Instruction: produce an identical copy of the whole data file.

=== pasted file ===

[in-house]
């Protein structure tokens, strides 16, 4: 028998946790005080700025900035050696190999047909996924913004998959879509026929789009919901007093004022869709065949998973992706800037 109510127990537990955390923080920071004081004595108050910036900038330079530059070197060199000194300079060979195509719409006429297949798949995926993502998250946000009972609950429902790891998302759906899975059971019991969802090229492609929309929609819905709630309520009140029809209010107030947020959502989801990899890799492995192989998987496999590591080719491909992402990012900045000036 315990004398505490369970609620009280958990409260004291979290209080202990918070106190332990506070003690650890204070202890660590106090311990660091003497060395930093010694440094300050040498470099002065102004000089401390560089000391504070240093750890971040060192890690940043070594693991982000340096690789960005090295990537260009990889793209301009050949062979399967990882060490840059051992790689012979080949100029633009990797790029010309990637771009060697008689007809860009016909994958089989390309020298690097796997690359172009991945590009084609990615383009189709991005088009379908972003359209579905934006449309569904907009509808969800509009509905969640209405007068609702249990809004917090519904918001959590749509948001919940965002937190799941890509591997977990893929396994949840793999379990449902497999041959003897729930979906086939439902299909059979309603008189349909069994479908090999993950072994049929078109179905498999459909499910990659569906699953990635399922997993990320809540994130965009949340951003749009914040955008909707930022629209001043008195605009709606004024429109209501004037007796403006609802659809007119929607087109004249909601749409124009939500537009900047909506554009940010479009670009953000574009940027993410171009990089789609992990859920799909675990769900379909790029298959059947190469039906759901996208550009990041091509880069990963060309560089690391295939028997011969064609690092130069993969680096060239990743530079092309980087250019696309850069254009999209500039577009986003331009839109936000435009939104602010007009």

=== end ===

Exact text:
[in-house]
């Protein structure tokens, strides 16, 4: 028998946790005080700025900035050696190999047909996924913004998959879509026929789009919901007093004022869709065949998973992706800037 109510127990537990955390923080920071004081004595108050910036900038330079530059070197060199000194300079060979195509719409006429297949798949995926993502998250946000009972609950429902790891998302759906899975059971019991969802090229492609929309929609819905709630309520009140029809209010107030947020959502989801990899890799492995192989998987496999590591080719491909992402990012900045000036 315990004398505490369970609620009280958990409260004291979290209080202990918070106190332990506070003690650890204070202890660590106090311990660091003497060395930093010694440094300050040498470099002065102004000089401390560089000391504070240093750890971040060192890690940043070594693991982000340096690789960005090295990537260009990889793209301009050949062979399967990882060490840059051992790689012979080949100029633009990797790029010309990637771009060697008689007809860009016909994958089989390309020298690097796997690359172009991945590009084609990615383009189709991005088009379908972003359209579905934006449309569904907009509808969800509009509905969640209405007068609702249990809004917090519904918001959590749509948001919940965002937190799941890509591997977990893929396994949840793999379990449902497999041959003897729930979906086939439902299909059979309603008189349909069994479908090999993950072994049929078109179905498999459909499910990659569906699953990635399922997993990320809540994130965009949340951003749009914040955008909707930022629209001043008195605009709606004024429109209501004037007796403006609802659809007119929607087109004249909601749409124009939500537009900047909506554009940010479009670009953000574009940027993410171009990089789609992990859920799909675990769900379909790029298959059947190469039906759901996208550009990041091509880069990963060309560089690391295939028997011969064609690092130069993969680096060239990743530079092309980087250019696309850069254009999209500039577009986003331009839109936000435009939104602010007009």